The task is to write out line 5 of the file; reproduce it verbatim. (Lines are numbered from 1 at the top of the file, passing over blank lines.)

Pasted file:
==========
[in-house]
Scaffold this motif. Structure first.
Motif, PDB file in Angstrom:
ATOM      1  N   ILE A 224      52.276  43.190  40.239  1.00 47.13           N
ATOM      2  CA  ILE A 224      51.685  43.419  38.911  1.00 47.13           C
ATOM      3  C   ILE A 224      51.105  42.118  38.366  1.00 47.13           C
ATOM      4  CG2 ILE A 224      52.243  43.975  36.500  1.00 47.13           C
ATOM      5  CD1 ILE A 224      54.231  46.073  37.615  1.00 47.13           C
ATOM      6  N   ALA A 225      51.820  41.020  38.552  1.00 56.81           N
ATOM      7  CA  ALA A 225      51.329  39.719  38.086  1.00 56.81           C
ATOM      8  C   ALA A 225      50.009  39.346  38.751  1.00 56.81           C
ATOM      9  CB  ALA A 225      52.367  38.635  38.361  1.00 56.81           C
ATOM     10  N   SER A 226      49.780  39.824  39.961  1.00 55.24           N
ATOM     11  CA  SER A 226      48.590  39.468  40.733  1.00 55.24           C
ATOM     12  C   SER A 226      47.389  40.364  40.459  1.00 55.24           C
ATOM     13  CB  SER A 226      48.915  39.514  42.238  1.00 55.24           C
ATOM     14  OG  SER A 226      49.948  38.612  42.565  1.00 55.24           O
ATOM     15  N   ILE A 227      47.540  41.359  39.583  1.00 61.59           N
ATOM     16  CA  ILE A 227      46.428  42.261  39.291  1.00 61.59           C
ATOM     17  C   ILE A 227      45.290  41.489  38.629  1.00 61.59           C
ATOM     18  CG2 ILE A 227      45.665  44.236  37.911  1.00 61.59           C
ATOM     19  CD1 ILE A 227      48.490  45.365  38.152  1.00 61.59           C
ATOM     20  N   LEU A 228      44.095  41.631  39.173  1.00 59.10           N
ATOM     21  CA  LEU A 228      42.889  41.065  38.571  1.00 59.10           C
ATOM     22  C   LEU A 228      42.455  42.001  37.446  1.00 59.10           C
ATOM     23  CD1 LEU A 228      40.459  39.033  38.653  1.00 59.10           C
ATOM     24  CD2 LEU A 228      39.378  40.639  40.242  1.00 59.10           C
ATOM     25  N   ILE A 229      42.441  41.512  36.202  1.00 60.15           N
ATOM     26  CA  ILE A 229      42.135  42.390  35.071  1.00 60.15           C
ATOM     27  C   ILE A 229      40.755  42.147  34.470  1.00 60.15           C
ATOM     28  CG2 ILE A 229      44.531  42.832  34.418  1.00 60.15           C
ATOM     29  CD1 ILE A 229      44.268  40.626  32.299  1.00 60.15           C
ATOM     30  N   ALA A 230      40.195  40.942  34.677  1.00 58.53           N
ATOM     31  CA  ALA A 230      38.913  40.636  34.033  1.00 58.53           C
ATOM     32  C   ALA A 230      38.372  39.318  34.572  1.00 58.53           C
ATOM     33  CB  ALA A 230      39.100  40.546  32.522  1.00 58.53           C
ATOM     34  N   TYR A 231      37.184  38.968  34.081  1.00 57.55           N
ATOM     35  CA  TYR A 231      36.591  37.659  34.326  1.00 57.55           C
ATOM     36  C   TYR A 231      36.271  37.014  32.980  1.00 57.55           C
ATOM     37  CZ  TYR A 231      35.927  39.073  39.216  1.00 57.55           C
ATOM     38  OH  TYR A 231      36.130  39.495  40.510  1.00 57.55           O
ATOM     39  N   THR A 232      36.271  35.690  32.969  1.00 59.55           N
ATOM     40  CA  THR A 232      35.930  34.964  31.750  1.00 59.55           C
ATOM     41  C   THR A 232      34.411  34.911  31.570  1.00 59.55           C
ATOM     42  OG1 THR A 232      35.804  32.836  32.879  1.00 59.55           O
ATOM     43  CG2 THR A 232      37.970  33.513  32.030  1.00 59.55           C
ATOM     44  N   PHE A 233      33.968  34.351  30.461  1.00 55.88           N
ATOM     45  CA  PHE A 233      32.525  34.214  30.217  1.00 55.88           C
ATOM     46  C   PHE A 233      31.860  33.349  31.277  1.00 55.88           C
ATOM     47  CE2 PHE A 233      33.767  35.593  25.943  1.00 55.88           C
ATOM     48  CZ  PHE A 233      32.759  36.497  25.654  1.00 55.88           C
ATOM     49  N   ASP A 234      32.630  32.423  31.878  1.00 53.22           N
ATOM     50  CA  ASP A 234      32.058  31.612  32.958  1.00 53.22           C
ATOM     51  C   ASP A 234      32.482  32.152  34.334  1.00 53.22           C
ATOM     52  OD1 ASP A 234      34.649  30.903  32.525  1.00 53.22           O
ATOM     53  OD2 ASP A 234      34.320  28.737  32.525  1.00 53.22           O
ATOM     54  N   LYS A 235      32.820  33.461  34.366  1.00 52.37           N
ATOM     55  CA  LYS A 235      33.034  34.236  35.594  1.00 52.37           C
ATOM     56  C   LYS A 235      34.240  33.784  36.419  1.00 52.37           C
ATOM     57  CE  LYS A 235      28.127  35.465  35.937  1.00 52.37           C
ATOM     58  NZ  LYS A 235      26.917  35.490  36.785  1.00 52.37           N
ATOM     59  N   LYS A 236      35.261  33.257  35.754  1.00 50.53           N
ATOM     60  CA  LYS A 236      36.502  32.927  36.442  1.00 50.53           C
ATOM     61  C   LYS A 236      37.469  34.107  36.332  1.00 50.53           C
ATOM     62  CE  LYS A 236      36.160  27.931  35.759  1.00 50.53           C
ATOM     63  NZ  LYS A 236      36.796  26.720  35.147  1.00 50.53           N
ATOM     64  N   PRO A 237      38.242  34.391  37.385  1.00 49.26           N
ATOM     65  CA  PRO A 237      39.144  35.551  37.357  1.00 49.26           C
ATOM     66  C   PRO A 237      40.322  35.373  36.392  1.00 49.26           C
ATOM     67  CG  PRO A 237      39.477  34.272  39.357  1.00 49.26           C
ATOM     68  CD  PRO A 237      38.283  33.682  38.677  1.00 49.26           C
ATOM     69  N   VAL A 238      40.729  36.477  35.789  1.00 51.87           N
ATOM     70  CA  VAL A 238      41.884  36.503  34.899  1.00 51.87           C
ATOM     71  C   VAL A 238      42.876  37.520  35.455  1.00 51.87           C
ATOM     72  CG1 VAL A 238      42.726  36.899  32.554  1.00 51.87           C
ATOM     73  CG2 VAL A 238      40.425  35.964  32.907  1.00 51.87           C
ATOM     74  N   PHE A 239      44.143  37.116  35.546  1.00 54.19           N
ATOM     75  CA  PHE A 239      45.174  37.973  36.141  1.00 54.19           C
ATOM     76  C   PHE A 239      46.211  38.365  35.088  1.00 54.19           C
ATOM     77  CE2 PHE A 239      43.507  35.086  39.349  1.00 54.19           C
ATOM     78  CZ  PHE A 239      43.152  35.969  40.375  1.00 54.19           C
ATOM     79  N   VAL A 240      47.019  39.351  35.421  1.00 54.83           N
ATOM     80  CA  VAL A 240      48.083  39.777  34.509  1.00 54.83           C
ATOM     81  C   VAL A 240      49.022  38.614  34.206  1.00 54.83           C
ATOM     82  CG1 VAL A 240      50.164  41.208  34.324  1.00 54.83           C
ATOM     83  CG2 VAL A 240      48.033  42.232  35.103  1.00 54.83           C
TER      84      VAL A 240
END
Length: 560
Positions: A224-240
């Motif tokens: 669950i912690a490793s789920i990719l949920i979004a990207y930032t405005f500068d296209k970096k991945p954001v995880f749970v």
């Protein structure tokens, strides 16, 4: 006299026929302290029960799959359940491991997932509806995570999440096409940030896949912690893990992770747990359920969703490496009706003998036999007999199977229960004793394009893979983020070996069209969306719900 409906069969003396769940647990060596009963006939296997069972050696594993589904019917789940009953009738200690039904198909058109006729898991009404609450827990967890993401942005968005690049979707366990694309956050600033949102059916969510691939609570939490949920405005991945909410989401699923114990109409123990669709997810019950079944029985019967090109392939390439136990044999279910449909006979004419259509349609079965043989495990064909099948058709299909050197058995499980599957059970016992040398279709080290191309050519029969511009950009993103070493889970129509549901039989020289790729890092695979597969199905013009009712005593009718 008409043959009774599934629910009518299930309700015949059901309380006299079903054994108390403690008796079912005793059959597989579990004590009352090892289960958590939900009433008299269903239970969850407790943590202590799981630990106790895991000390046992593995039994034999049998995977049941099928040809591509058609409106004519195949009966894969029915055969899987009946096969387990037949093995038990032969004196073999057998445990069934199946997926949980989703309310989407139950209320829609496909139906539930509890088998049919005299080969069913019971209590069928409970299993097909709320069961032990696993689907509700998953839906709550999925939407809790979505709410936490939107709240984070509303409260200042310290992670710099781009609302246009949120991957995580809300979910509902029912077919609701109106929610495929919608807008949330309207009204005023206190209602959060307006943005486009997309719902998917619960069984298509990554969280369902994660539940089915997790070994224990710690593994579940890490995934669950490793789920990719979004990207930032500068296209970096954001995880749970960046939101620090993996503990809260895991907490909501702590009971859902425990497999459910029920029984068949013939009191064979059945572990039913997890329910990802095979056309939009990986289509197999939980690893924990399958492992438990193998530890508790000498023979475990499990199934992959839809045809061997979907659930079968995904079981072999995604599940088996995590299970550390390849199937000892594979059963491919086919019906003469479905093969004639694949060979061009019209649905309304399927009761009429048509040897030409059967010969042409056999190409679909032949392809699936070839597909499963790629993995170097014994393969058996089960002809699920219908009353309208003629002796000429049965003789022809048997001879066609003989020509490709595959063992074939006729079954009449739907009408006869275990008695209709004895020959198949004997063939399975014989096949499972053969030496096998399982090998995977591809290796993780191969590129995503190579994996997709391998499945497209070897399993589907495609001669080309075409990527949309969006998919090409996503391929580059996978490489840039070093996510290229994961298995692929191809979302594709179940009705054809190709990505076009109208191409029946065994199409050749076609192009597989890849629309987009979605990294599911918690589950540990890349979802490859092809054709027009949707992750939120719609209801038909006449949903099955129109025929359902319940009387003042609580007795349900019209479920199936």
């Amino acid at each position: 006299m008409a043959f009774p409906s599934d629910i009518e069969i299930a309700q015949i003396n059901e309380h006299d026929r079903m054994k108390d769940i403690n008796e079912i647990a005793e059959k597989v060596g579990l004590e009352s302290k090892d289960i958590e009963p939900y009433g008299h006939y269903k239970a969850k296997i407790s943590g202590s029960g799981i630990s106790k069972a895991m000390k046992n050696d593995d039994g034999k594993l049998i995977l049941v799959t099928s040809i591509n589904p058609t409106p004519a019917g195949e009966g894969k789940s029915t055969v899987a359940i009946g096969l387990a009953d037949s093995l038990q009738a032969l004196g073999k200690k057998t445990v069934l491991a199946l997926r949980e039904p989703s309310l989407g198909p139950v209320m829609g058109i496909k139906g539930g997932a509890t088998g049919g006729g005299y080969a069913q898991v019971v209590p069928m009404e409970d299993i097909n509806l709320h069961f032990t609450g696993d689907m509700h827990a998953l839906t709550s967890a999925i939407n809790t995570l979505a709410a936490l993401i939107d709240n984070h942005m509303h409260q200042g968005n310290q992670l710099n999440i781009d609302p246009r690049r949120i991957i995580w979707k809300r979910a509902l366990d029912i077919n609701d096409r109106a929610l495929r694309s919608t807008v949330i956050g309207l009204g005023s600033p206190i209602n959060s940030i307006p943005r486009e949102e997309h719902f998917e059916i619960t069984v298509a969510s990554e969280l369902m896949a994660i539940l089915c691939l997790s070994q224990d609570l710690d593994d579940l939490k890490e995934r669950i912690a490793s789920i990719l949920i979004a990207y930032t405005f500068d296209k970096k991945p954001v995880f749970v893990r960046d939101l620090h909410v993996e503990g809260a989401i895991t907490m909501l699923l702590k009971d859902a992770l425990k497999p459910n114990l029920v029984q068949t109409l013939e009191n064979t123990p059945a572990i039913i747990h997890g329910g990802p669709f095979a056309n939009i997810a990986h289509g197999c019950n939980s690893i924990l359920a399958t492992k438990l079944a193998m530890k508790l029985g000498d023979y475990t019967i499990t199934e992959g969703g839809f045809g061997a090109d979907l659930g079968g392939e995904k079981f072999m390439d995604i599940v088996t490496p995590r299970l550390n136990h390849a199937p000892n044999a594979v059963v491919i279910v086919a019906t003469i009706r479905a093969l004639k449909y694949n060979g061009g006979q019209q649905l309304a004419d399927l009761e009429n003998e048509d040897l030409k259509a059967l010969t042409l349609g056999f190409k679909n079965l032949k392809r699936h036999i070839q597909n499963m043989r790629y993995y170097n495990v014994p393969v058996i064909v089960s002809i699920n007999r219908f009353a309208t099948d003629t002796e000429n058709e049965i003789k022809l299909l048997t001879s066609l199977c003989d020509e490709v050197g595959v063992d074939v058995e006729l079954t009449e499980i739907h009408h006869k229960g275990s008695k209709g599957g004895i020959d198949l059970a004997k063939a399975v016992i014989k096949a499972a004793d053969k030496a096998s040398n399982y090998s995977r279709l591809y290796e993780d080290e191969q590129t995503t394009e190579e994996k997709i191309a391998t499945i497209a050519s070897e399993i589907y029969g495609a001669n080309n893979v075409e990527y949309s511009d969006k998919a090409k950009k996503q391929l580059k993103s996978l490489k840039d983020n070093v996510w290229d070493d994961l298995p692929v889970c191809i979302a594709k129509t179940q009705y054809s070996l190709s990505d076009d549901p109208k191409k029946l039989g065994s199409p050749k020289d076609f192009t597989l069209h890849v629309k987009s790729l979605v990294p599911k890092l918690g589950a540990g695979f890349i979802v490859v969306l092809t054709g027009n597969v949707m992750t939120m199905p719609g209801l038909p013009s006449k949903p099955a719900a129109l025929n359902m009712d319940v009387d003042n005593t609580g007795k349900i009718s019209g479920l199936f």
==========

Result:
ATOM      2  CA  ILE A 224      51.685  43.419  38.911  1.00 47.13           C